In a striking illustration of how cyber risk affects even the newest and most novel enterprises in the digital economy, the UpGuard Cyber Risk Team can now disclose that a cloud repository belonging to Octoly, a Paris-based brand marketing company, was left exposed, revealing a backup of their enterprise IT operations and sensitive information about thousands of the firm’s registered online personalities. The leak, which resulted from the erroneous configuration of the repository for public access, revealed the contact information and personal details of over twelve thousand influential "creators" - largely Instagram, Twitter, and YouTube personalities supplied by Octoly with beauty products, merchandise, and gaming content from the marketing firm’s industry clients, which include household names like Dior, Estée Lauder, Lancôme, and Blizzard Entertainment.
Exposed within the data store are the real names, addresses, phone numbers, email addresses - including those specified for use with PayPal - and birth dates for these creators, many of them otherwise anonymous in their online ventures. Also exposed are thousands of hashed user passwords, which if decrypted, could lead to password reuse attacks against various online accounts belonging to creators, the usernames for which are also in the repository. Highly detailed data analysis, customized for thousands specific creators and brands, was also revealed, providing further insight into Octoly’s inner workings.
Beyond the potential damage to Octoly’s business reputation through the leak of privileged internal data, the exposure of information involving the firm’s enterprise customers illustrates how one breach can implicate many more entities - the essence of third-party risk. The potential for identity theft, password reuse attacks, and account takeovers of affected creators, launched by malicious actors, is also considerable. This cloud leak raises the specific prospect of established, largely female internet personalities facing harassment or misuse of their actual personal details in their real lives, a common and increasingly dangerous phenomenon online, while the exposure of popular internet gaming personalities invites the danger of gruesome “swatting” attacks on their homes.
On January 4th, 2018, UpGuard Director of Cyber Risk Research Chris Vickery discovered an Amazon Web Services S3 cloud storage bucket at the subdomain “octoly,” a clear indication of the repository’s origin. Stored within the bucket is a repository of internal files critical to Octoly’s operations, including a backup of Octoly’s operational database, “octoly_production.sql.” Taken in full, the repository exposes the inner workings of Octoly’s digital brand marketing operations, across Europe and North America. After multiple notifications of the exposure to the affected entity, by January 12th, the damaging sql backup would be deleted from the repository. Remaining exposed, however, was a large amount of regularly updated spreadsheets containing personally identifiable information - data that would not be secured until February 1st, despite more notifications.
The exposed data reveals details about three categories of affected entities and individuals. The first, “users,” refers to Octoly employees. The second, “clients,” is comprised of enterprises that employ Octoly as a partner, typically for the purpose of connecting these brands to the twelve thousand exposed members of the third category, “creators.” Largely young and female, spanning the globe from the firm’s home country of France to the rest of Europe and the United States, Octoly’s “creators” are social media users specializing in using and reviewing beauty products or playing and critiquing video games, typically in YouTube vlogs and Twitch streams, or via Instagram, Snapchat, and Twitter.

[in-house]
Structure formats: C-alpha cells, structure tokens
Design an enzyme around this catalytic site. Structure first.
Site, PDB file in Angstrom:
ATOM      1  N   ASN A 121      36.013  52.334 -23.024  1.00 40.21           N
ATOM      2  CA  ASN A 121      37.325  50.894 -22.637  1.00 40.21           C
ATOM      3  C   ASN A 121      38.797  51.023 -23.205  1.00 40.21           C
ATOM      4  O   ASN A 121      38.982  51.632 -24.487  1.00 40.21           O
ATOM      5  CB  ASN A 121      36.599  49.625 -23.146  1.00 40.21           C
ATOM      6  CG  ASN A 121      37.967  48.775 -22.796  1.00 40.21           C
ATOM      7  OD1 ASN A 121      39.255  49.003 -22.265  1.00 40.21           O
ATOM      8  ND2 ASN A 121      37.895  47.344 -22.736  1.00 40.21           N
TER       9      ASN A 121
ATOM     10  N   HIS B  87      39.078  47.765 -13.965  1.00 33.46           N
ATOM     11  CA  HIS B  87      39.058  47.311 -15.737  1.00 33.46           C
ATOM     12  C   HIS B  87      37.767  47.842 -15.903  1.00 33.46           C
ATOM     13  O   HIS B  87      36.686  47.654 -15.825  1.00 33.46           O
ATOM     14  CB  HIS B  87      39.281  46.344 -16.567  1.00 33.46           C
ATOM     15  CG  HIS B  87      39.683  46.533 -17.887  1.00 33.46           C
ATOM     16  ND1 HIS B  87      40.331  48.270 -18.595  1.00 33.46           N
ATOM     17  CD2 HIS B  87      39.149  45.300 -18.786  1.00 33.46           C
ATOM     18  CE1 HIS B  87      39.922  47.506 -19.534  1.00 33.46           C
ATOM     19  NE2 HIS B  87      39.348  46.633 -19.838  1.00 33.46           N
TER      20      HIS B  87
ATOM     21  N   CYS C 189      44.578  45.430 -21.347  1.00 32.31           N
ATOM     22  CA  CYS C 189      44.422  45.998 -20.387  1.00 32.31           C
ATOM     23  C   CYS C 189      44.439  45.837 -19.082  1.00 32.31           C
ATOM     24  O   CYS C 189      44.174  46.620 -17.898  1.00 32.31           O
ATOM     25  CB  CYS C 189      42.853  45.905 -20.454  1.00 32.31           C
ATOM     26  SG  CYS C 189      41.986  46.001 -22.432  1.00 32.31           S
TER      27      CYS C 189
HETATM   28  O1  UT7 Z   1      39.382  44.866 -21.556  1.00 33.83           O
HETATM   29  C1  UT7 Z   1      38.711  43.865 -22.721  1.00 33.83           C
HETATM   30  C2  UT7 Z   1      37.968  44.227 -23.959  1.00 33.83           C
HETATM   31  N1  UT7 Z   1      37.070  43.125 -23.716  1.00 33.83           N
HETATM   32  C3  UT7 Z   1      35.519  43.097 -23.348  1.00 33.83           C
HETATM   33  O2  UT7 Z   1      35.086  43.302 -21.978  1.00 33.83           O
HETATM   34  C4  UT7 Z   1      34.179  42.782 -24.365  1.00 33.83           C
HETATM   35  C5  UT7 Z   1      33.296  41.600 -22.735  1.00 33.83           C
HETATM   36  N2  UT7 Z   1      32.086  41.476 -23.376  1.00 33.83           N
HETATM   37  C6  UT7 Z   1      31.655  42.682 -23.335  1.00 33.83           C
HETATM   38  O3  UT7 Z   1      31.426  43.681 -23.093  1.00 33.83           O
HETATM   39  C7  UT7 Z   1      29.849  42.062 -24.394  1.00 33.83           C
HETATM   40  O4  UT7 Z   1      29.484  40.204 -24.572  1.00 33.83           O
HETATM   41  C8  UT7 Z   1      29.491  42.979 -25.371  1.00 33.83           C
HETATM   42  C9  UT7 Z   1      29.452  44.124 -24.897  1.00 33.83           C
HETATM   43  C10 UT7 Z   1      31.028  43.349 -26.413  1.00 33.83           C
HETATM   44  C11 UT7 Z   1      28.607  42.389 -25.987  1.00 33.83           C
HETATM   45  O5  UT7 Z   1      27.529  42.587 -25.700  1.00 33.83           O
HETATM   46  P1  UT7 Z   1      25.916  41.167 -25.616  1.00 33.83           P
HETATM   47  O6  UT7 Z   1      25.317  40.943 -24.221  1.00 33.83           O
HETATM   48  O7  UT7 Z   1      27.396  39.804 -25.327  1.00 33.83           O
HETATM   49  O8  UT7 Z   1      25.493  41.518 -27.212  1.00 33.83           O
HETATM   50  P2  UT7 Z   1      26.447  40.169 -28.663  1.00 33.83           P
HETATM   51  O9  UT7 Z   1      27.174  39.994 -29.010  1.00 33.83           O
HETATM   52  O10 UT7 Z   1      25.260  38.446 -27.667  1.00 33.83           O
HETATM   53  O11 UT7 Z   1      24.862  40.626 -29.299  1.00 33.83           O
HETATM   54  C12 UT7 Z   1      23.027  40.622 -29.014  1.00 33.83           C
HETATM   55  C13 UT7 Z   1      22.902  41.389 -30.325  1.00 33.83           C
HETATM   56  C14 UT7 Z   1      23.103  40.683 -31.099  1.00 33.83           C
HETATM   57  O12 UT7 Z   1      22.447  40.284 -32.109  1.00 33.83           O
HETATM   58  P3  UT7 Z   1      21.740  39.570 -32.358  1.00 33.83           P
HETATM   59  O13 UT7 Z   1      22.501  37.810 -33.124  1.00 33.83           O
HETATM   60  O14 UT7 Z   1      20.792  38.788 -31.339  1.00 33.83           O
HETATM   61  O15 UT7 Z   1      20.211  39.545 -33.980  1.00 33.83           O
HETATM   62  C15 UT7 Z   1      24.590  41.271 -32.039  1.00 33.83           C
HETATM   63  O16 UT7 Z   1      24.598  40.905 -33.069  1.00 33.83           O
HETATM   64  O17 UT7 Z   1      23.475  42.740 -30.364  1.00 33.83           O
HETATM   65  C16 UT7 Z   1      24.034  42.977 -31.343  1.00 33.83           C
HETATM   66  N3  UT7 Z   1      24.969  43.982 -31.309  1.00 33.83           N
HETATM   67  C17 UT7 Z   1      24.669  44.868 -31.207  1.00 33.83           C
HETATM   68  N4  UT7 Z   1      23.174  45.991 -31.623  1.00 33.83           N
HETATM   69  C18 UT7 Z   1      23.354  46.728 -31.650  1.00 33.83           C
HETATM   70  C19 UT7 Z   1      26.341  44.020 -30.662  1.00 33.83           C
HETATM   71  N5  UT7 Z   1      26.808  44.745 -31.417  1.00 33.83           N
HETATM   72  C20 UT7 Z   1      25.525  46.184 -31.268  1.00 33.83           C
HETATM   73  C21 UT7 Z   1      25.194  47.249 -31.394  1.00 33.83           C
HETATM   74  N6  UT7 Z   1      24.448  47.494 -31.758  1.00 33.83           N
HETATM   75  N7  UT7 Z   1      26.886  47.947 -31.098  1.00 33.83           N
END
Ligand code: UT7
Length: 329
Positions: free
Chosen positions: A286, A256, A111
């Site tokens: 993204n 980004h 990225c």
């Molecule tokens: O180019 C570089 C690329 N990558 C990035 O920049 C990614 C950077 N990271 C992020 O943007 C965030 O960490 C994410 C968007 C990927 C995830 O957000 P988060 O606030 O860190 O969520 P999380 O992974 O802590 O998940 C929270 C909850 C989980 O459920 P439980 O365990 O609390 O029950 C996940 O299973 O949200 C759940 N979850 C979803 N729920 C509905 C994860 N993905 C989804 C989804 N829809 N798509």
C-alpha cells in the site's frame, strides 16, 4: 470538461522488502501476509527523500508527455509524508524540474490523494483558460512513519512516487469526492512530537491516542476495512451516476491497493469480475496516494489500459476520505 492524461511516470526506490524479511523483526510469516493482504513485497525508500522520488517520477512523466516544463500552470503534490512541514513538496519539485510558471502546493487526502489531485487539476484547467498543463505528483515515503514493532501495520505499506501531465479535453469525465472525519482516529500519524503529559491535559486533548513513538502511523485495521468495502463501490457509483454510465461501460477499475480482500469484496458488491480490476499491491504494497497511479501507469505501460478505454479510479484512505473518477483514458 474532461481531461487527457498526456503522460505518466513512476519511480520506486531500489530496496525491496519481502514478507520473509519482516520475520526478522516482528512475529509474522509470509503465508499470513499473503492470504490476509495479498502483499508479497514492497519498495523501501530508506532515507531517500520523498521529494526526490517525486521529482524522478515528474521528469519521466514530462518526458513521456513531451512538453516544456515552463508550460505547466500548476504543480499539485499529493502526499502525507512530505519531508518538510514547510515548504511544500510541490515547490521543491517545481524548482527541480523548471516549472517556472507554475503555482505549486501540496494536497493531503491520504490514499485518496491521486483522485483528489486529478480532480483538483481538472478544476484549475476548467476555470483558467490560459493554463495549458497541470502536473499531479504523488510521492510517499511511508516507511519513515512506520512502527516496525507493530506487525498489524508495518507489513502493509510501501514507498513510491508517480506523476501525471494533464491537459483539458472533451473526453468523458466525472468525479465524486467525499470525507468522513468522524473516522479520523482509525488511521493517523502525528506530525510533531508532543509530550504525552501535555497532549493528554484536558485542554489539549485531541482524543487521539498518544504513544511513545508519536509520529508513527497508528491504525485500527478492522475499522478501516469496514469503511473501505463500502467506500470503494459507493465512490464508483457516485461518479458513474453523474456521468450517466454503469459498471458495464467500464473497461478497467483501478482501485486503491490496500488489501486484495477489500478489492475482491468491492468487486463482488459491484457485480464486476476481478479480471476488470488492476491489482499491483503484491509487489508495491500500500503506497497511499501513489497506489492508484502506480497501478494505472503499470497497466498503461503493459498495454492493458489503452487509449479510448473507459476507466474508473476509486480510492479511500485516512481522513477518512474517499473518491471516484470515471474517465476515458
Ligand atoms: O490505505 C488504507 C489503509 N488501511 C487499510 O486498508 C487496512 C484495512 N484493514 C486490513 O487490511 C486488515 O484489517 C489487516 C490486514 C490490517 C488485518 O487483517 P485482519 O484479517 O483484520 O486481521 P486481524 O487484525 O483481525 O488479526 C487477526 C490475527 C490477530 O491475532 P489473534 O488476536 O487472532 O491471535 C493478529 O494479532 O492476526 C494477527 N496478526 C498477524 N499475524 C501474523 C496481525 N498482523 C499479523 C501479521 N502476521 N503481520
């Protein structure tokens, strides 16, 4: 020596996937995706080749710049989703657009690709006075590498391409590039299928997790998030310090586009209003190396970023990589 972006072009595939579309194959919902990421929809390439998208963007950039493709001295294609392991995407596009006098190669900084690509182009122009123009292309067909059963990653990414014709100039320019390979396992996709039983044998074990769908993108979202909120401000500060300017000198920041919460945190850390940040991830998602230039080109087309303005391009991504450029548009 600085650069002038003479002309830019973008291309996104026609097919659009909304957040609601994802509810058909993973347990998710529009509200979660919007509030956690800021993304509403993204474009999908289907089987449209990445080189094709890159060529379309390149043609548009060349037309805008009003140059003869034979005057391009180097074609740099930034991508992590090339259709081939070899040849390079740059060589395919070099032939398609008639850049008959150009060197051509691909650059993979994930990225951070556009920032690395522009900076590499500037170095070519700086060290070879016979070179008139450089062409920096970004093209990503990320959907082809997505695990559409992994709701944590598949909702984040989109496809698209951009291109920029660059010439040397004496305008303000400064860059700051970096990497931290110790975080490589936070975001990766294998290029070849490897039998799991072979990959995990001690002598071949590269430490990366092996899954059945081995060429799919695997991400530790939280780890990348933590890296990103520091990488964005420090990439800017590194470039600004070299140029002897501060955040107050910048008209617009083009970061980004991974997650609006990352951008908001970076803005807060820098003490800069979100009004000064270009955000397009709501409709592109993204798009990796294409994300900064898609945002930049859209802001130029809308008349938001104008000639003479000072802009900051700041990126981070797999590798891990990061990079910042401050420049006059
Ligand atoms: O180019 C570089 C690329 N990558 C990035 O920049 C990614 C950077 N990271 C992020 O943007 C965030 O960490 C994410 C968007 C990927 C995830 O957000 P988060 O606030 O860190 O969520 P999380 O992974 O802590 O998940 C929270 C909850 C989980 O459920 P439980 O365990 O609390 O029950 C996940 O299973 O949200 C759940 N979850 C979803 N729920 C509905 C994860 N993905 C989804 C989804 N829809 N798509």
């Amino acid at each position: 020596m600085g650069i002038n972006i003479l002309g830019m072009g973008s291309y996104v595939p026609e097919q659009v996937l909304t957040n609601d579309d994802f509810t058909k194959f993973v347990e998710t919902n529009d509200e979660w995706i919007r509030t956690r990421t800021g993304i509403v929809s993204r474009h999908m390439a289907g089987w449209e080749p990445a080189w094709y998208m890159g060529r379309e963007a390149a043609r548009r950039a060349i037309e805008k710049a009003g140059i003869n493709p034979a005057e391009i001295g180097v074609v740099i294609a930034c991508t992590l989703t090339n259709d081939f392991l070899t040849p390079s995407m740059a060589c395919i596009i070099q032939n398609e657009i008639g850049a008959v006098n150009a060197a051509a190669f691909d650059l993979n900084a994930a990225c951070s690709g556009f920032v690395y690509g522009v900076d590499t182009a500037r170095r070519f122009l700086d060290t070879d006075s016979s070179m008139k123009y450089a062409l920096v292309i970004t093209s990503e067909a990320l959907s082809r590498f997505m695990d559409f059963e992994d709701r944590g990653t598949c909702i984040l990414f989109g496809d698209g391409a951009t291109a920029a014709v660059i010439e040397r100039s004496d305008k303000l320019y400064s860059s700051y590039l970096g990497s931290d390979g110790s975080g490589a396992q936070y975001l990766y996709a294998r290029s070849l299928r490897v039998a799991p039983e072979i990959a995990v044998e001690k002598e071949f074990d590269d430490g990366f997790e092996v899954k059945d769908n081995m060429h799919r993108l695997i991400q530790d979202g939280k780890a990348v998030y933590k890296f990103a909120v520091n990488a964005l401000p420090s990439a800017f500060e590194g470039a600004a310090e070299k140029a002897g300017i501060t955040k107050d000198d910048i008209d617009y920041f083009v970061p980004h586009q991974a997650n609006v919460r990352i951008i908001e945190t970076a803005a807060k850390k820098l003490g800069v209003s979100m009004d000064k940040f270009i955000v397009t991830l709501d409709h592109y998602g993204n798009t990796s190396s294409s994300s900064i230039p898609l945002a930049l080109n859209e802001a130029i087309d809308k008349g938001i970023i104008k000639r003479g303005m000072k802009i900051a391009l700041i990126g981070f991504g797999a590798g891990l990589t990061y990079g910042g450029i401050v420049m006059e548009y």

Octoly advertises its services as “empowering influencers to become successful entrepreneurs,” stating on its website, “We like to play matchmaker and create lasting connections between influencers and brands.” What does this actually mean, and how does Octoly’s business work? In practice, as recounted in a 2016 Forbes profile, Octoly places products made by its brand customers in the hands of its registered creators, active on social media. The ultimate goal behind such product placement is to increase the number of reviews made by vloggers, Instagram stars, and Twitter users trusted by young consumers, thereby increasing sales with the hard-to-reach youth demographic.
While Octoly states that no money changes hands between the firm, the brands, and these creators for such reviews, the creators are able to choose from a free assortment of merchandise offered by Octoly from their brand partners. As Octoly needs to be able to send free products to these influential creators - and, for analytical purposes, track the reach and success of such product placements - the company registers these creators within their IT systems, gathering a great deal of personal details, including the creators’ contact information.
Such personal information for over twelve thousand people was exposed in the bucket. A table titled “Creators” contains such details as the real names, home addresses, birth dates, and phone numbers of these individuals, many of them known only by their first names or pseudonymously online. These real-life personal details are linked in the table to their usernames on Octoly, as well as on YouTube and Instagram where applicable, as well as their reviews - breaching any possible anonymity fostered by these creators.
Beyond these personally identifying details, the table also contains creators’ email addresses, including those used for PayPal accounts where applicable, as well as hashed sets of passwords presumably used to access the Octoly website.